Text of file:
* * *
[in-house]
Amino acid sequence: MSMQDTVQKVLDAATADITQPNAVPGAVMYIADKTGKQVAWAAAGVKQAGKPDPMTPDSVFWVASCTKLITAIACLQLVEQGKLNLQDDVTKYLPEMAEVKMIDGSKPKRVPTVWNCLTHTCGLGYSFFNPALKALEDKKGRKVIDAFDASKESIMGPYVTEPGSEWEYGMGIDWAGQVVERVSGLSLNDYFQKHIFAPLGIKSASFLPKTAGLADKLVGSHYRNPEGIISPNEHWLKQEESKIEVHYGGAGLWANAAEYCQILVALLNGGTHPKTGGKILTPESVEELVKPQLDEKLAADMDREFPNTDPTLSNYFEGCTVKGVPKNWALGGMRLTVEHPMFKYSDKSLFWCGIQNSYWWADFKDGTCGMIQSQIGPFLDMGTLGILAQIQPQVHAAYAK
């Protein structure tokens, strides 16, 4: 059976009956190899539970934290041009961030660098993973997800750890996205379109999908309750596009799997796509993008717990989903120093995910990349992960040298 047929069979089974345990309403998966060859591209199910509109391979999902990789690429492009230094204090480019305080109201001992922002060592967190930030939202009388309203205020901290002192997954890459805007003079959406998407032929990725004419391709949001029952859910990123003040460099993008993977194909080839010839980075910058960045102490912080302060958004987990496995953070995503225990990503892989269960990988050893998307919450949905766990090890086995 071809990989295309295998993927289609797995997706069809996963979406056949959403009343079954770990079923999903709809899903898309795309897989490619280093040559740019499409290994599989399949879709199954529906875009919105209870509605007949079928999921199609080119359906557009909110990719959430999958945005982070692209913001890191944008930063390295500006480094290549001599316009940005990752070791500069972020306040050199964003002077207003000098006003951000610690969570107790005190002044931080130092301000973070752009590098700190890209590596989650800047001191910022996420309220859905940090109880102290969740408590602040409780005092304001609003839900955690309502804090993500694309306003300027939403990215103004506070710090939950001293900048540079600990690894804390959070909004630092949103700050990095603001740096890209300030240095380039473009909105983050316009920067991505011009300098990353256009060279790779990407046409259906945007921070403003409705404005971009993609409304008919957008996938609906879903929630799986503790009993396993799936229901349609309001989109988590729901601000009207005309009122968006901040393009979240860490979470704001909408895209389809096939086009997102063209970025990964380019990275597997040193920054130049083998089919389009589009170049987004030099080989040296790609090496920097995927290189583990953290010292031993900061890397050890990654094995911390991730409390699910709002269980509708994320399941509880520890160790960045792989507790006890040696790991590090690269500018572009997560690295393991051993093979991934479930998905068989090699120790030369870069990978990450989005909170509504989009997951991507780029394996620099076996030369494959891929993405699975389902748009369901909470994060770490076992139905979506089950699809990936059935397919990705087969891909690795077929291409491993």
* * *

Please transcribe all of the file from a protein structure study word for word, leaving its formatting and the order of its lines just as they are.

[in-house]
Amino acid sequence: MSMQDTVQKVLDAATADITQPNAVPGAVMYIADKTGKQVAWAAAGVKQAGKPDPMTPDSVFWVASCTKLITAIACLQLVEQGKLNLQDDVTKYLPEMAEVKMIDGSKPKRVPTVWNCLTHTCGLGYSFFNPALKALEDKKGRKVIDAFDASKESIMGPYVTEPGSEWEYGMGIDWAGQVVERVSGLSLNDYFQKHIFAPLGIKSASFLPKTAGLADKLVGSHYRNPEGIISPNEHWLKQEESKIEVHYGGAGLWANAAEYCQILVALLNGGTHPKTGGKILTPESVEELVKPQLDEKLAADMDREFPNTDPTLSNYFEGCTVKGVPKNWALGGMRLTVEHPMFKYSDKSLFWCGIQNSYWWADFKDGTCGMIQSQIGPFLDMGTLGILAQIQPQVHAAYAK
């Protein structure tokens, strides 16, 4: 059976009956190899539970934290041009961030660098993973997800750890996205379109999908309750596009799997796509993008717990989903120093995910990349992960040298 047929069979089974345990309403998966060859591209199910509109391979999902990789690429492009230094204090480019305080109201001992922002060592967190930030939202009388309203205020901290002192997954890459805007003079959406998407032929990725004419391709949001029952859910990123003040460099993008993977194909080839010839980075910058960045102490912080302060958004987990496995953070995503225990990503892989269960990988050893998307919450949905766990090890086995 071809990989295309295998993927289609797995997706069809996963979406056949959403009343079954770990079923999903709809899903898309795309897989490619280093040559740019499409290994599989399949879709199954529906875009919105209870509605007949079928999921199609080119359906557009909110990719959430999958945005982070692209913001890191944008930063390295500006480094290549001599316009940005990752070791500069972020306040050199964003002077207003000098006003951000610690969570107790005190002044931080130092301000973070752009590098700190890209590596989650800047001191910022996420309220859905940090109880102290969740408590602040409780005092304001609003839900955690309502804090993500694309306003300027939403990215103004506070710090939950001293900048540079600990690894804390959070909004630092949103700050990095603001740096890209300030240095380039473009909105983050316009920067991505011009300098990353256009060279790779990407046409259906945007921070403003409705404005971009993609409304008919957008996938609906879903929630799986503790009993396993799936229901349609309001989109988590729901601000009207005309009122968006901040393009979240860490979470704001909408895209389809096939086009997102063209970025990964380019990275597997040193920054130049083998089919389009589009170049987004030099080989040296790609090496920097995927290189583990953290010292031993900061890397050890990654094995911390991730409390699910709002269980509708994320399941509880520890160790960045792989507790006890040696790991590090690269500018572009997560690295393991051993093979991934479930998905068989090699120790030369870069990978990450989005909170509504989009997951991507780029394996620099076996030369494959891929993405699975389902748009369901909470994060770490076992139905979506089950699809990936059935397919990705087969891909690795077929291409491993």